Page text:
The presenting problems may be drought, poor harvests and famine; but Elijah proclaims God’s judgment on corrupt leaders and false religion.  A failure to discern the underlying cause of a problem renders any human solution inadequate. God’s wisdom and God’s ways lead to lasting resolutions.

Prayer

Living God, we praise you for people like Obadiah who live and work in hostile environments yet serve you faithfully in courageous ways.

Deepen our faith and grant us wisdom to discern the real issues that challenge your authority in the world today.  May we have the courage and grace to speak your truth to those who offer simplistic solutions and false hopes in response to human need.   Amen.
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Today's writer

The Rev’d Dr Janet Tollington is a retired minister and member of Downing Place URC in Cambridge. Copyright
New Revised Standard Version Bible: Anglicized Edition, copyright © 1989, 1995 National Council of the Churches of Christ in the United States of America. Used by permission. All rights reserved worldwide.
Copyright © 2019 United Reformed Church, All rights reserved.


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URC Daily Devotion 20th November 2019

Wed, 20/11/2019 - 06:00
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Wednesday 20th November

1 Kings 17:17-24

After this the son of the woman, the mistress of the house, became ill; his illness was so severe that there was no breath left in him. She then said to Elijah,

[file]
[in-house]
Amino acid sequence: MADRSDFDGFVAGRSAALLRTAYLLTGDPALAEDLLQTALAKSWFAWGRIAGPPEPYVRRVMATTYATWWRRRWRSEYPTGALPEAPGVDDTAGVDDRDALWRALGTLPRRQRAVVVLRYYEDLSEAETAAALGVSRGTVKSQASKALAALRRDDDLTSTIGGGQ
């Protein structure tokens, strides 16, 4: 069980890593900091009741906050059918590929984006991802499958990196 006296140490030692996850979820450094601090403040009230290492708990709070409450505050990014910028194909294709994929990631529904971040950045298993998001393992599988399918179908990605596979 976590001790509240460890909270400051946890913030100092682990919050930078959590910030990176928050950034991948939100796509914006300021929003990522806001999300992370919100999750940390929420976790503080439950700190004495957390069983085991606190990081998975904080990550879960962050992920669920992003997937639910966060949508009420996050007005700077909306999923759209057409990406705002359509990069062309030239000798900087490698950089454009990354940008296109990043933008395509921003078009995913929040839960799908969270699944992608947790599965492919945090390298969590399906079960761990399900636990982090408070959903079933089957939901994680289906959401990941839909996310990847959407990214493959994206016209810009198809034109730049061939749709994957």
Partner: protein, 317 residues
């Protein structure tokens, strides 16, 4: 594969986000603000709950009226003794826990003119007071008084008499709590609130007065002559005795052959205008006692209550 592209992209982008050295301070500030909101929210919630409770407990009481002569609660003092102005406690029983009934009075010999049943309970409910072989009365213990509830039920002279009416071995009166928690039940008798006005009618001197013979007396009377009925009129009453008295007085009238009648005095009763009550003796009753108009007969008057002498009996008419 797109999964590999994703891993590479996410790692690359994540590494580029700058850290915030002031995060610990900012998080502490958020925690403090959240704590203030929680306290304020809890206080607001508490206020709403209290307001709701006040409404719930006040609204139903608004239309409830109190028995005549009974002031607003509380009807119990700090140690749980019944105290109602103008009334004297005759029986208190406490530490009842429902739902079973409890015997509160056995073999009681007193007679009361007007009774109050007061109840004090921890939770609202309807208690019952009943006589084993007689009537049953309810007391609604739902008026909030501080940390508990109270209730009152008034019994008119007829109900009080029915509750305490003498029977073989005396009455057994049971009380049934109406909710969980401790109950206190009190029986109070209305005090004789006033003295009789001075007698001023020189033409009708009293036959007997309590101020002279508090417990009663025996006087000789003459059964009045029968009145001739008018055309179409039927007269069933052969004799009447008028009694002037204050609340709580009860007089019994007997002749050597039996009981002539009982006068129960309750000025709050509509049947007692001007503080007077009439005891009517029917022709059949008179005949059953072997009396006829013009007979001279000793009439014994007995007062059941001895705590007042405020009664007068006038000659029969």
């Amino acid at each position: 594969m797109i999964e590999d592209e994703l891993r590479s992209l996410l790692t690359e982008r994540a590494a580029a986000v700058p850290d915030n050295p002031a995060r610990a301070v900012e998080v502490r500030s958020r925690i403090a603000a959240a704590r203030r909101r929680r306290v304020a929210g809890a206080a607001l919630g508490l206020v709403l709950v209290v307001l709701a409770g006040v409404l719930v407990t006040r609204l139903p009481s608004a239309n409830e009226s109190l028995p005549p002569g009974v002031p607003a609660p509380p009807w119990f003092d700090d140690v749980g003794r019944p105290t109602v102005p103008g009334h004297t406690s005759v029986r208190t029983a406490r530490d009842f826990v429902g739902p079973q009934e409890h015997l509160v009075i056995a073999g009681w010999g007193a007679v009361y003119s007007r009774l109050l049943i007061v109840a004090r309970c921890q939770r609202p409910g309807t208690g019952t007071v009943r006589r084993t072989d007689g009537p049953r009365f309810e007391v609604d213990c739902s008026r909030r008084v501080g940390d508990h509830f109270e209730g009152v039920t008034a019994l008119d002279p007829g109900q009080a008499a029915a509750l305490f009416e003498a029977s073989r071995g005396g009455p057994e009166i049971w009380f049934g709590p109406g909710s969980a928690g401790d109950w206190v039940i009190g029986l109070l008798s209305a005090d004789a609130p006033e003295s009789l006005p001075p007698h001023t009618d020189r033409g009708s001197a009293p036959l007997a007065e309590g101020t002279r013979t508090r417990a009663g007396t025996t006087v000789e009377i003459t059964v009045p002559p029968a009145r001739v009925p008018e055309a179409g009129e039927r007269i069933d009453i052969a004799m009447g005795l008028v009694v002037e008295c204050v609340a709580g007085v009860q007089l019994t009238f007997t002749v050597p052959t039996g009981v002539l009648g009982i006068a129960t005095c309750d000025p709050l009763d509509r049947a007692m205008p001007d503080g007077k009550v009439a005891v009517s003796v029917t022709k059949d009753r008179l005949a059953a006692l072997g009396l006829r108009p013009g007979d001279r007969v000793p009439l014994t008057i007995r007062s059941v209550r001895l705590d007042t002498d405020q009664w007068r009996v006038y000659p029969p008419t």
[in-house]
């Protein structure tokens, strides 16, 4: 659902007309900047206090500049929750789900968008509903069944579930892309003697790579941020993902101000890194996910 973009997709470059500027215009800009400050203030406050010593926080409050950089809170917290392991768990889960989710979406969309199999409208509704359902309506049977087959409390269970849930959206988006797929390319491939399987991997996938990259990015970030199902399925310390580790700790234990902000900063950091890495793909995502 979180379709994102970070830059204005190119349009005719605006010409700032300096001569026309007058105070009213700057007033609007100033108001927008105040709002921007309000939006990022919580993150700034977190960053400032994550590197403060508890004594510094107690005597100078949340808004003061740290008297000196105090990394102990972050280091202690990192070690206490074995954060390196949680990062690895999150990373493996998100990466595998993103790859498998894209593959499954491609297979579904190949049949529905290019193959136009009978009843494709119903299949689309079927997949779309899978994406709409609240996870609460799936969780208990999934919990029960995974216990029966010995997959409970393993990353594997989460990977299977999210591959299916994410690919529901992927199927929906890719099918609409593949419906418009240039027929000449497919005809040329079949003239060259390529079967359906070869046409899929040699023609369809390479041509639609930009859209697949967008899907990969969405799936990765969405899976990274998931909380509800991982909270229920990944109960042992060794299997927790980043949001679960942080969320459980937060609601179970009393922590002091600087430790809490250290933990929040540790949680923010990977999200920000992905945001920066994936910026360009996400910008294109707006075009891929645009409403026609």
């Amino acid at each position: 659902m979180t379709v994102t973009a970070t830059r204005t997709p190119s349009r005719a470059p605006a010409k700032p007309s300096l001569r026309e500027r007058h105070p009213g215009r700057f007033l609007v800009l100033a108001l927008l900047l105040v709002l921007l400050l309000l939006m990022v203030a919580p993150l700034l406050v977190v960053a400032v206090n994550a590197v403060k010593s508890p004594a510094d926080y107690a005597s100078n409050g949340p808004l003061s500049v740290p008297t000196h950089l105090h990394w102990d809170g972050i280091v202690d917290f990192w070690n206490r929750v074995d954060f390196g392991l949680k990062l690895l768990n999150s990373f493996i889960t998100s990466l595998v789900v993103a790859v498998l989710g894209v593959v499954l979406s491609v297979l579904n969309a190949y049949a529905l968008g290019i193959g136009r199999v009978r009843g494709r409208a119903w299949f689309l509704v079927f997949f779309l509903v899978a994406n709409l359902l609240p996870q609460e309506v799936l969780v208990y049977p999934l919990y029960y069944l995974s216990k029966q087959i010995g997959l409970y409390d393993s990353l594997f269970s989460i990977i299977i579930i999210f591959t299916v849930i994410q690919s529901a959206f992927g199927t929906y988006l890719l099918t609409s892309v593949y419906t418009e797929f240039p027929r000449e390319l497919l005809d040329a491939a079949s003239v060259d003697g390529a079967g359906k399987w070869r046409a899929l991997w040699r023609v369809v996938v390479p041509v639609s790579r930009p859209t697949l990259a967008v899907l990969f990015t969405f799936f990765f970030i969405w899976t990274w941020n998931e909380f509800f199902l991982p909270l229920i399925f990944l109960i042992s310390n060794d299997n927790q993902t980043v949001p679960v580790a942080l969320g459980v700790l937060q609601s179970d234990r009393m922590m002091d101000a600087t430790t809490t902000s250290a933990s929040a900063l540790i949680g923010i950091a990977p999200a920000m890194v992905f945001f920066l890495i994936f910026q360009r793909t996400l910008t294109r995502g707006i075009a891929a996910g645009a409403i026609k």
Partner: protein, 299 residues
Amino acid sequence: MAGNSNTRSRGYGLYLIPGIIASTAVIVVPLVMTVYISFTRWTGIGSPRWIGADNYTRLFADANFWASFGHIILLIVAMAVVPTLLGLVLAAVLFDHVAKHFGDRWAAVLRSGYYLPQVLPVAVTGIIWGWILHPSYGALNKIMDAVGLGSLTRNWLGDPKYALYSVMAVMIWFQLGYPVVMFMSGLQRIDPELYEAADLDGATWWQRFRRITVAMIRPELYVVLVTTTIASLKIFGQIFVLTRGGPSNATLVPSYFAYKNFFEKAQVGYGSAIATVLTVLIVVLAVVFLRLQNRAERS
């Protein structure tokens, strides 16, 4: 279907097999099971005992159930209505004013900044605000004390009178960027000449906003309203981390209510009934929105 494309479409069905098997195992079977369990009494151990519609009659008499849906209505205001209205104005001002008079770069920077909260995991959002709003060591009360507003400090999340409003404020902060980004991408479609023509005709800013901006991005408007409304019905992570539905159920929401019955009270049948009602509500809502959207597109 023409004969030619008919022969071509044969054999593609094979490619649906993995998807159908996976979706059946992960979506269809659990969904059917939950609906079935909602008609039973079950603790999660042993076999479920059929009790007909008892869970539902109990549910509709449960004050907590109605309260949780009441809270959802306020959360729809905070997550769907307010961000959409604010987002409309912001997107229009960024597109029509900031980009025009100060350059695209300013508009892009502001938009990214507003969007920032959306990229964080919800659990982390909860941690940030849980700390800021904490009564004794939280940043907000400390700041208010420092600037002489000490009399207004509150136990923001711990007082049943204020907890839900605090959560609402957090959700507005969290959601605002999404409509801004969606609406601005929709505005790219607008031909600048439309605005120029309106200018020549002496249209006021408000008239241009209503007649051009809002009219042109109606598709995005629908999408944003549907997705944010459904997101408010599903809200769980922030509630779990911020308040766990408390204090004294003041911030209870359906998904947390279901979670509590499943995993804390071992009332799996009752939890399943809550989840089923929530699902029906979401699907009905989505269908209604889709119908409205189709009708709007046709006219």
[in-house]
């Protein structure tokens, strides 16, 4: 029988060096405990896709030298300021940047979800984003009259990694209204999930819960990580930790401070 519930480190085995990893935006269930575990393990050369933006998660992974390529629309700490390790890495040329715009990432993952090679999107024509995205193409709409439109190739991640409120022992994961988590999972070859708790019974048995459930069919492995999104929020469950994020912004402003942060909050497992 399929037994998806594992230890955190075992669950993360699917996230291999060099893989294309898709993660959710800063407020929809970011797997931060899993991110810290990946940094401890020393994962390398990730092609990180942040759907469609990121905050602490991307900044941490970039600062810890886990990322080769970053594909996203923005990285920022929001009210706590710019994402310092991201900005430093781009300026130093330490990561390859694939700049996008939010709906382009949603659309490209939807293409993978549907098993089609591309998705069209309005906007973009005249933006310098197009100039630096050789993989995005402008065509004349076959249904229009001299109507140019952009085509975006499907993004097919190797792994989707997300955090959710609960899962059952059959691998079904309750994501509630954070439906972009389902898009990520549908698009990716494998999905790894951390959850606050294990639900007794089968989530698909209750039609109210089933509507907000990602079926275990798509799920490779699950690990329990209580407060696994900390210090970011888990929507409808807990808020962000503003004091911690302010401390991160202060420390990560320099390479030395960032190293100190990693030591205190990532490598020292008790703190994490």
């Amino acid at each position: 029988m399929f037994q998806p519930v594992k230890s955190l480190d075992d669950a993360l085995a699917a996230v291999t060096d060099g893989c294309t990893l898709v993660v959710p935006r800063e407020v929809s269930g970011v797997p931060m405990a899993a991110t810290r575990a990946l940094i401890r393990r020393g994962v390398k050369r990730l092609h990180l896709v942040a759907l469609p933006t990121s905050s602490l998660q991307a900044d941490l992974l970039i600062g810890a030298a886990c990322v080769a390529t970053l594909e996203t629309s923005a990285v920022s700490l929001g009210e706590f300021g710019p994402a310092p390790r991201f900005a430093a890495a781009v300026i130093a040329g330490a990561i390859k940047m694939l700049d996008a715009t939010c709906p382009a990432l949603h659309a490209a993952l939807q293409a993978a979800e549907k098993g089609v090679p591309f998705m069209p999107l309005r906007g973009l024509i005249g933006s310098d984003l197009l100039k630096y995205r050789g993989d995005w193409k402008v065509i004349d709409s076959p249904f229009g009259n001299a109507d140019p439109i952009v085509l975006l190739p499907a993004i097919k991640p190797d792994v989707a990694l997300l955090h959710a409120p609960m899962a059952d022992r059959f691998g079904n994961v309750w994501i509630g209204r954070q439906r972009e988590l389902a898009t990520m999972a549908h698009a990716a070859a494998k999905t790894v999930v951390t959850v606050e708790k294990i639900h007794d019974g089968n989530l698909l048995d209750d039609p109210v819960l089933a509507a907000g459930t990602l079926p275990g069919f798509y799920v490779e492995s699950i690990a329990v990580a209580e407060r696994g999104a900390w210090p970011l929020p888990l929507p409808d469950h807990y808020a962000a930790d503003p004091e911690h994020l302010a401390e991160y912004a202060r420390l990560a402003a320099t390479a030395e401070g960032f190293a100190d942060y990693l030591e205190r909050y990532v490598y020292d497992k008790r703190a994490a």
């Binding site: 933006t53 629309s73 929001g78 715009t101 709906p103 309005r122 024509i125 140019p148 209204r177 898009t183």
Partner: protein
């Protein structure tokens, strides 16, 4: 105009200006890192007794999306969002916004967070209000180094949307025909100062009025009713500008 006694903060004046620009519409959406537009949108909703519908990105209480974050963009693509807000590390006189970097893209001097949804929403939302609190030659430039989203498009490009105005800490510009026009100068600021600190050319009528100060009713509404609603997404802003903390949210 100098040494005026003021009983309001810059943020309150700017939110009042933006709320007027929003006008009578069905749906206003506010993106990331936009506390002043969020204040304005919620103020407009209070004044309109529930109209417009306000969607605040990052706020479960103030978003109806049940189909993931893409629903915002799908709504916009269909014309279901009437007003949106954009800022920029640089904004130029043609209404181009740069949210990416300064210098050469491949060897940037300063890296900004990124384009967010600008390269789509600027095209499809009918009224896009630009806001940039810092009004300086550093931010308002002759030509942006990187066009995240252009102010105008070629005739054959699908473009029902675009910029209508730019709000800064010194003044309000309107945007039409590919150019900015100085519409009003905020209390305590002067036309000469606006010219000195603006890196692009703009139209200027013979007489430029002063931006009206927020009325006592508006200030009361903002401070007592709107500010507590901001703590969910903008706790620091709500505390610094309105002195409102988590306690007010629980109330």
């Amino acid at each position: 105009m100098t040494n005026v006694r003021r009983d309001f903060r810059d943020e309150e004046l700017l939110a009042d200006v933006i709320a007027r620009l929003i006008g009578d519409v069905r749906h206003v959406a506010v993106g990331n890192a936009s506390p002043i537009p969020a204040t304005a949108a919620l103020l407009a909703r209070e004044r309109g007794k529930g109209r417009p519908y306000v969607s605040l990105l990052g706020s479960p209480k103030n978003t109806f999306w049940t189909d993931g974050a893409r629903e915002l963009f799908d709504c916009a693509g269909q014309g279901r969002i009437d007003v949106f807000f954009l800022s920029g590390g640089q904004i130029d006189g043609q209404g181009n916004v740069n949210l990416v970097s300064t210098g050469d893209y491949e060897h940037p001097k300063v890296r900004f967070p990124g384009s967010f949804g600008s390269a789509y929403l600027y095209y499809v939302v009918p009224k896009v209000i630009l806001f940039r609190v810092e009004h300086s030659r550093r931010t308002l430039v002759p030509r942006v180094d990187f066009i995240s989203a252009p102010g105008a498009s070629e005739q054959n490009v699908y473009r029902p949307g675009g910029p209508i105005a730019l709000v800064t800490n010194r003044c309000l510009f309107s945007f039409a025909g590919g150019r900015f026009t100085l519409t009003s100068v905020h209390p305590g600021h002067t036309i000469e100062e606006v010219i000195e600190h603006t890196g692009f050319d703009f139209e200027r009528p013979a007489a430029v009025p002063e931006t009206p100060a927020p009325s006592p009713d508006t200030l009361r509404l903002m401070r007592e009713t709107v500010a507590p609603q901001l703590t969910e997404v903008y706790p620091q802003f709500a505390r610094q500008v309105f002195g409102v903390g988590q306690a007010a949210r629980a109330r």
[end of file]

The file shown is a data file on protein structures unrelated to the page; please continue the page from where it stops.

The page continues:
‘What have you against me, O man of God? You have come to me to bring my sin to remembrance, and to cause the death of my son!’ 

But he said to her,

‘Give me your son.’ 

He took him from her bosom, carried him up into the upper chamber where he was lodging, and laid him on his own bed. He cried out to the Lord, 

‘O Lord my God, have you brought calamity even upon the widow with whom I am staying, by killing her son?’ 

Then he stretched himself upon the child three times, and cried out to the Lord, 

‘O Lord my God, let this child’s life come into him again.’ 

The Lord listened to the voice of Elijah; the life of the child came into him again, and he revived. Elijah took the child, brought him down from the upper chamber into the house, and gave him to his mother; then Elijah said, ‘See, your son is alive.’ 

So the woman said to Elijah,

‘Now I know that you are a man of God, and that the word of the Lord in your mouth is truth.’

Reflection

Many ancient oriental societies regarded death as a deity to be feared; but the Hebrew scriptures proclaim a belief that all matters relating to life and death are determined by the will and power of Yahweh.  This passage makes the traditional link between sin and death; and Elijah’s words acknowledge Yahweh as the bringer of death. As God’s representative Elijah accepts the legitimacy of the widow’s challenge and his need to mediate God’s response.

He withdraws to a private place to pray and perform a ritual over the dead child; and only returns to the mother when the child has revived and can be restored to her.  It is clear that what Elijah said or did is immaterial to the story. What matters is the outcome, which demonstrates that Elijah is a man of God, a prophet, and that he speaks the truth.  The boy’s revival also affirms that God’s ultimate purposes are to bring life and hope into a situation of guilt and despair.